The Visual Organization
Visual thinking is one of the more recent trends in business that has now reached into every arena. Organizations are rushing to become more visual. You need look no farther than the popularity of sites like Pinterest and Instagram to realize that people are inherently drawn to pictures.
Marketers have long realized that power of images to help illustrate a point, simplify a concept and evoke an emotion.
Online surfers, particularly younger online surfers, have grown accustomed to scanning pages and sites to quickly assess, in a sea of data, if something merits a more focused bit of attention.
A growing use of this visual trend is the visualization of data. Fueled by massive internal and external data sets organizations are turning to visual aids to help make and communicate meaning through pictures over spreadsheets.
The use of Infographics, as they are often called, loosely created an entire marketing asset category as organizations rushed to create poster-like graphics that tell a story and hopefully go viral.
Today, data visualization has grown up to the point that it’s no longer simply a trendy way to create marketing graphics. Data visualization techniques and data driven organizations are starting to use visualization as a leadership and management tool. (To be fair many organizations have done this for years, it’s just much more accessible in some of the new ways to analyze and communicate.)
As data journalist David McCandless said in this TED talk: “By visualizing information, we turn it into a landscape that you can explore with your eyes, a sort of information map. And when you’re lost in information, an information map is kind of useful.”
My guest for this week’s episode of the Duct Tape Marketing Podcast is Phil Simon. Simon has written six books on management including his most recent – The Visual Organization: Data Visualization, Big Data, and the Quest for Better Decisions.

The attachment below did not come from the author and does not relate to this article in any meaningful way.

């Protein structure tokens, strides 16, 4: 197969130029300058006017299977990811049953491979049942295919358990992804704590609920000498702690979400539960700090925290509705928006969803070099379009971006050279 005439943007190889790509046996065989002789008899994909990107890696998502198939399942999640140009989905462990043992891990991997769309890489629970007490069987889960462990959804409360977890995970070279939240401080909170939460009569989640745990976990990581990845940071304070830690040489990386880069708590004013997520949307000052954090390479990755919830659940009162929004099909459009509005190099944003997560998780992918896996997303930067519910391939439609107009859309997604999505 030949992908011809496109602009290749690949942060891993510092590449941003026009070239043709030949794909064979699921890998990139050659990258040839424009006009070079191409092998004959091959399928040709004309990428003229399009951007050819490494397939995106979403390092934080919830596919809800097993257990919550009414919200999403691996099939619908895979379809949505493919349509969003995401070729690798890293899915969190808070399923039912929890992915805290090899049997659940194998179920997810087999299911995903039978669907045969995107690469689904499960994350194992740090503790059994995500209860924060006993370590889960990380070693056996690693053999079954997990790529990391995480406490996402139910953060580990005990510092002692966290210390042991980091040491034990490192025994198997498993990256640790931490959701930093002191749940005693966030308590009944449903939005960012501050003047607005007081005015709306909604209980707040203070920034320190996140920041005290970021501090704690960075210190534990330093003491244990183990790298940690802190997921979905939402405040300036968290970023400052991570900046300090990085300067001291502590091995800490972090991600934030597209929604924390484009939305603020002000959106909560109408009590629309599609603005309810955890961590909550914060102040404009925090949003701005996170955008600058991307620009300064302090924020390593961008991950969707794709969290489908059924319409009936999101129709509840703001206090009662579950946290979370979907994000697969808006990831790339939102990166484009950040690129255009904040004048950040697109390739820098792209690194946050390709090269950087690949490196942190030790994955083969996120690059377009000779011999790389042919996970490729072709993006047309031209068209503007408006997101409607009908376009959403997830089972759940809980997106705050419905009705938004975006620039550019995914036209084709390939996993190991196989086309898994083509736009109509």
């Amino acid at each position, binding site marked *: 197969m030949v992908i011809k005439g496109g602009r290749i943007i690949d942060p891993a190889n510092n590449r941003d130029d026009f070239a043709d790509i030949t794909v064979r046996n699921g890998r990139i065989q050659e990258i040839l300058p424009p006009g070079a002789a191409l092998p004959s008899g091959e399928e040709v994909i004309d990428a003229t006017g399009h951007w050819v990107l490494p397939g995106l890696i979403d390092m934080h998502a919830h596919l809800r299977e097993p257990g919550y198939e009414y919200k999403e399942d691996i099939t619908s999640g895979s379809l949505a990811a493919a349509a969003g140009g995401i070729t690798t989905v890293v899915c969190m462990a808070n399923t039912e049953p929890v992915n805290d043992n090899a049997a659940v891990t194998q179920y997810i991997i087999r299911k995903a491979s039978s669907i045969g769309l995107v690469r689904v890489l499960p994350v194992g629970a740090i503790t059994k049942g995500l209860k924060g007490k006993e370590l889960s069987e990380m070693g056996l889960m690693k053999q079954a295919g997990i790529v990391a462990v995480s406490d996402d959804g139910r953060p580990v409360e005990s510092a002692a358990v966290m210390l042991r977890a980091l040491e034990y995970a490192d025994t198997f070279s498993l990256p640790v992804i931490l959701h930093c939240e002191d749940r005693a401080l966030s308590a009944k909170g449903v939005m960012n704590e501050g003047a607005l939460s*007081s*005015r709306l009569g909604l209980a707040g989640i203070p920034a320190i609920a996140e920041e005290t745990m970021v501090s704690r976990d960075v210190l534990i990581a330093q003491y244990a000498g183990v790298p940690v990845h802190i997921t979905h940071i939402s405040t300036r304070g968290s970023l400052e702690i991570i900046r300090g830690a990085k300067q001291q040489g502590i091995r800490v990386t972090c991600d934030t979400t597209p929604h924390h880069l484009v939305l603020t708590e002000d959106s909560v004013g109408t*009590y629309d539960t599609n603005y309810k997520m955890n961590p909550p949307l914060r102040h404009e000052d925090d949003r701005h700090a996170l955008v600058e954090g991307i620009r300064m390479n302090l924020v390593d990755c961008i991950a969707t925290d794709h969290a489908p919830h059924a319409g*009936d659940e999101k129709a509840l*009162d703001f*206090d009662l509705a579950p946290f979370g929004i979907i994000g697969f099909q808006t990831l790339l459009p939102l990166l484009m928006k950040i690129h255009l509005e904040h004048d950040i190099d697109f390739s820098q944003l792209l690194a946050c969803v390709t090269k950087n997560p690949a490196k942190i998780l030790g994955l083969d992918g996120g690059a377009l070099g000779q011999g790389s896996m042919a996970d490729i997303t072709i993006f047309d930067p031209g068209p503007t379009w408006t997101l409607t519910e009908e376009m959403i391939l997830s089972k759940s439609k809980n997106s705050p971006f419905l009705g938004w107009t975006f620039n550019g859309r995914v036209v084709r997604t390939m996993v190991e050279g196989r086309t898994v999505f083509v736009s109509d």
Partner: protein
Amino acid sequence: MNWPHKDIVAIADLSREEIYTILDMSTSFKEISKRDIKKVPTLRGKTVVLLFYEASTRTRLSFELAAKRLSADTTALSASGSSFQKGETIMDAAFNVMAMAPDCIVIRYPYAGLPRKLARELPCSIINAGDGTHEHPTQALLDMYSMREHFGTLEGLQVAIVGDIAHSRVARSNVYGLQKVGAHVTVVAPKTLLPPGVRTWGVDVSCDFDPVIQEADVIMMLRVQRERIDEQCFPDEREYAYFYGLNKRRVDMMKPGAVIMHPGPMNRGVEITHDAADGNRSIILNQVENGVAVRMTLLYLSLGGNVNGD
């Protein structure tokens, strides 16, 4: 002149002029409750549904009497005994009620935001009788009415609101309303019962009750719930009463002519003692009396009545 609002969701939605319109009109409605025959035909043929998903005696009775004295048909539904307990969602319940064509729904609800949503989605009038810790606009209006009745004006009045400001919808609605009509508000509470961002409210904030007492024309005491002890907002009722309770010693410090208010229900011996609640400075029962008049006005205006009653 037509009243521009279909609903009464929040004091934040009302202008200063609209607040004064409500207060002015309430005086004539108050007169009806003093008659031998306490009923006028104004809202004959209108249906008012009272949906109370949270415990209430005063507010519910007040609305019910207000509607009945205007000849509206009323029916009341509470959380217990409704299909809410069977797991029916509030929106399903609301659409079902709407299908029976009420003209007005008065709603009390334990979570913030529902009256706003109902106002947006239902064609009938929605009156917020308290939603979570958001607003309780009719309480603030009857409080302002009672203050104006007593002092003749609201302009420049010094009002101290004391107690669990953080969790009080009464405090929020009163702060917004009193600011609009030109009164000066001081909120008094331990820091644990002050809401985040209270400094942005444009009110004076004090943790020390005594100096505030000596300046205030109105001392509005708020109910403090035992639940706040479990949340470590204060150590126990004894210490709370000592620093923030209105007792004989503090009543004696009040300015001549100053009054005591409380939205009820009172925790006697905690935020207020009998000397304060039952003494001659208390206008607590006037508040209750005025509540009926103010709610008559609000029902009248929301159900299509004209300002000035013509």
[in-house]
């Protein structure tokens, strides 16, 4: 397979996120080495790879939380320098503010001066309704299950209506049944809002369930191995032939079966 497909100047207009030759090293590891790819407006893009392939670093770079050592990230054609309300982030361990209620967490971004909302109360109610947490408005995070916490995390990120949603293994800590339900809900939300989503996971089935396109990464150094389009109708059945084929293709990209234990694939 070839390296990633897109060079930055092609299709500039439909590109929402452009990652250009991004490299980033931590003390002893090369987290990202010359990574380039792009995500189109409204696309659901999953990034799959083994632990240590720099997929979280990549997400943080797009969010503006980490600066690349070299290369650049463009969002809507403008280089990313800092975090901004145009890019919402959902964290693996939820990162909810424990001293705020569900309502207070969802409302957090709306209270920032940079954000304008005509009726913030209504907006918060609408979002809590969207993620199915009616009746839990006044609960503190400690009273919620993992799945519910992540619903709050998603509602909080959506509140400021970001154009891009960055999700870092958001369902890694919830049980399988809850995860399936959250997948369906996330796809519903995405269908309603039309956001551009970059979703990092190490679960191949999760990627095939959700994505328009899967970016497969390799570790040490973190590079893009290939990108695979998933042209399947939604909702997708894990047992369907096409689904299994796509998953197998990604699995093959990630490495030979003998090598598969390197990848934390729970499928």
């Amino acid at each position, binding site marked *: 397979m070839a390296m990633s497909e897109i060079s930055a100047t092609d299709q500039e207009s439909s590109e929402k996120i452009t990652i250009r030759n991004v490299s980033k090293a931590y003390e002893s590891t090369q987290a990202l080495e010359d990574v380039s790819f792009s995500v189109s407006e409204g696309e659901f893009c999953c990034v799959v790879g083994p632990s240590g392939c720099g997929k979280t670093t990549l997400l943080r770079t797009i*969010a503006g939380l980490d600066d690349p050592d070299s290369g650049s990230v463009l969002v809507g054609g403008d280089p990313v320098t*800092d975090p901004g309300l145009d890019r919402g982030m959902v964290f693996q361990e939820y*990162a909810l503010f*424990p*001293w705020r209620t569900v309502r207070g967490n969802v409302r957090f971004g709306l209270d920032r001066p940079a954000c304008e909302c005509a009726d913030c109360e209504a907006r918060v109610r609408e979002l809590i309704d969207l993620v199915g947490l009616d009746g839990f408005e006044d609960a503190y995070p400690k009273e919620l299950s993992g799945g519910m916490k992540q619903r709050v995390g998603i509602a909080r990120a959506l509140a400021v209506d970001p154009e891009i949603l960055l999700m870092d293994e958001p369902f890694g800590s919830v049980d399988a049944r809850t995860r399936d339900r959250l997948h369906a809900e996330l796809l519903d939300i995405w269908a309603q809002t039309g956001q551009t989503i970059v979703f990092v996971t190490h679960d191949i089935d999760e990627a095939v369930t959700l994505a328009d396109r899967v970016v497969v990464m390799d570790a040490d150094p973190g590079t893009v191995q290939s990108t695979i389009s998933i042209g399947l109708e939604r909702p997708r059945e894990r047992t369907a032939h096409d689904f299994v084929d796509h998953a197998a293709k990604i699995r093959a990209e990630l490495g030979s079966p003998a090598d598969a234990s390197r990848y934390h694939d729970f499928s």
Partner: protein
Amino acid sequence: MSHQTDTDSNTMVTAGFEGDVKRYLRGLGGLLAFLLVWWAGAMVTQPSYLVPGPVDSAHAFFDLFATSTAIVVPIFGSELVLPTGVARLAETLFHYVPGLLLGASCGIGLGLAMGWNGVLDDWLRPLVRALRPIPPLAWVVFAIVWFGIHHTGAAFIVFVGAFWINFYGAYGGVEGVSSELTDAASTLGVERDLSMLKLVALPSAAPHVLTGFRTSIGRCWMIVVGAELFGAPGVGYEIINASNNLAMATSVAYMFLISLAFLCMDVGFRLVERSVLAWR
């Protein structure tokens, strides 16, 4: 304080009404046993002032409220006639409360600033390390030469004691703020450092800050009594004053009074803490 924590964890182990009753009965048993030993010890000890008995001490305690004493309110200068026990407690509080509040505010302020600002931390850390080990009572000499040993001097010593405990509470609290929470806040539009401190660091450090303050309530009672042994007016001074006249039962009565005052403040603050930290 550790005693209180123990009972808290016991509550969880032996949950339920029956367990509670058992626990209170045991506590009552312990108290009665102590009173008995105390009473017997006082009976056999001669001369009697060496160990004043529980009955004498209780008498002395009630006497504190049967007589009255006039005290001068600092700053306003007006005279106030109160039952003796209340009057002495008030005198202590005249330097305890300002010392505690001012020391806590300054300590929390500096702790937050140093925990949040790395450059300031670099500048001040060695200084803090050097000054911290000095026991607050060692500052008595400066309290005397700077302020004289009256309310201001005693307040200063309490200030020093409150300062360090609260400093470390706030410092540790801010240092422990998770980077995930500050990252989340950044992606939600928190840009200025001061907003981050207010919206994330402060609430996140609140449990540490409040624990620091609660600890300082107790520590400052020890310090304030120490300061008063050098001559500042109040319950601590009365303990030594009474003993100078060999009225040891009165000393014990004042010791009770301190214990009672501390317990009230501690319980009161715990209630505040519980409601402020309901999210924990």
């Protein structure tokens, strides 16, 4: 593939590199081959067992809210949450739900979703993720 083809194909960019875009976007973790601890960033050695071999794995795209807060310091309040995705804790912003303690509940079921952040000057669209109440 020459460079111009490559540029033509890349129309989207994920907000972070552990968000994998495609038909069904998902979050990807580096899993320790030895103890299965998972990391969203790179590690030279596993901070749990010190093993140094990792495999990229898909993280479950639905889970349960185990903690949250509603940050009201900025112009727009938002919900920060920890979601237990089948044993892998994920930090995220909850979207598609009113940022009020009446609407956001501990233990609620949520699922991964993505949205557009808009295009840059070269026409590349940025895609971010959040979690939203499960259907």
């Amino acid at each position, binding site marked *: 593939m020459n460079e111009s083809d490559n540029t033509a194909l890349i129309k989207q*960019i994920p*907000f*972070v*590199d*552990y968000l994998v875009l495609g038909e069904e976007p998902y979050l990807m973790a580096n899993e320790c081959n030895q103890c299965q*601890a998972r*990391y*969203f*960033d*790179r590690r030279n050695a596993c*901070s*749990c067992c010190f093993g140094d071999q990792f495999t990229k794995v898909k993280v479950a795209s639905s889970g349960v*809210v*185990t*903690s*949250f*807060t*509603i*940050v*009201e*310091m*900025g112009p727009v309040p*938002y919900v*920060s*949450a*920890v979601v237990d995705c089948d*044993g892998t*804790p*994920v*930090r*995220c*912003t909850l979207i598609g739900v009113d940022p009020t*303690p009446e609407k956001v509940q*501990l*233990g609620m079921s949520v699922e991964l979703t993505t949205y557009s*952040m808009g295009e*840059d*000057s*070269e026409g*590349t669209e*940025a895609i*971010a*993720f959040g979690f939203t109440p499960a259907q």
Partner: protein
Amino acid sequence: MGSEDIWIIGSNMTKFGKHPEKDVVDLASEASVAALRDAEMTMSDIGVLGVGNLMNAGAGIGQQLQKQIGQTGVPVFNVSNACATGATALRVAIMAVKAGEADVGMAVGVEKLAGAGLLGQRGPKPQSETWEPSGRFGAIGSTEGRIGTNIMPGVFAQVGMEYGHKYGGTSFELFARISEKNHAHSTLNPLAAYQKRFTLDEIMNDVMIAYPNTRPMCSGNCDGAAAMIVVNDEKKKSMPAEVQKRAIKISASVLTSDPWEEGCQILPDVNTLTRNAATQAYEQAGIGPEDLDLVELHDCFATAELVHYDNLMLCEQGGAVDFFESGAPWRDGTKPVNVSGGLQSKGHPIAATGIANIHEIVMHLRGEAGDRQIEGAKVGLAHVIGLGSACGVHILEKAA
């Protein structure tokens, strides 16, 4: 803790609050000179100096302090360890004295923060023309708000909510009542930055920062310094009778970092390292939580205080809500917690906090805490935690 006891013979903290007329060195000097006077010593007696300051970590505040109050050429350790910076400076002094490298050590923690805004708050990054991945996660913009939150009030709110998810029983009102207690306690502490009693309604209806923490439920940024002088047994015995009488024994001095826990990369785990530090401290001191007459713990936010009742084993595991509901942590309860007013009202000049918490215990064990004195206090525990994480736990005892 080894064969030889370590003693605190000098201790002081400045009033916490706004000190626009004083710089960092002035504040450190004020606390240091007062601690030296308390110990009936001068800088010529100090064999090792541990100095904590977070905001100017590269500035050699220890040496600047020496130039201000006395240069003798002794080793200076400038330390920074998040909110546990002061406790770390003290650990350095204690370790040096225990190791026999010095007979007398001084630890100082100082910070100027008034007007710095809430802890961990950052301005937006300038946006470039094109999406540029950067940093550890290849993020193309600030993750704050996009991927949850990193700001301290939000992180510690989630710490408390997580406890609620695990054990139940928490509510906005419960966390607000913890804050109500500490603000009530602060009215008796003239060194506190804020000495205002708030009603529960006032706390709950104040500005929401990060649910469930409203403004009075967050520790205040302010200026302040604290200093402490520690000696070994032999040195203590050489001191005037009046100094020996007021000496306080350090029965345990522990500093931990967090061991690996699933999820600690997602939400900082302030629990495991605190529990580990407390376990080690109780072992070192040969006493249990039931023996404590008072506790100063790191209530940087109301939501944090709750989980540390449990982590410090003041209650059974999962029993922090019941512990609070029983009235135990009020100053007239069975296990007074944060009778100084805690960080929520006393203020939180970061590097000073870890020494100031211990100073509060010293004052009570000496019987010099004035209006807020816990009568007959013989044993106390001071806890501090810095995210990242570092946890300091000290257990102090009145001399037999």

As we discuss in this interview Amazon is, of course, the poster child for its use of data as a decision making tool. In many cases Amazon can offer next or same day shipping because they have a pretty good idea of who is going to order what and when.
Simon is also quick to point out that “a company with a dysfunctional culture and no sense of innovation can’t save itself via dataviz.” Like many new things that’s a key point. This is a tool and it’s what you do with it that matters.
Many organizations will use new data visualization tools to create pretty dashboards and little else.
Simon points to an example of how Netflix uses data visualization to ask and answer questions. Instead of saying I bet people often do X when then do X, they simply ask as many seemingly odd and random questions of the data and make discoveries that help drive their business in ways that no competitor can.
And that I think is the essence of this new era of visual data – data doesn’t simply replace intuition, it helps make intuition smarter. If you’re open to asking questions and becoming a data scientist you’ll discover things you can’t imagine from numbers on a page.
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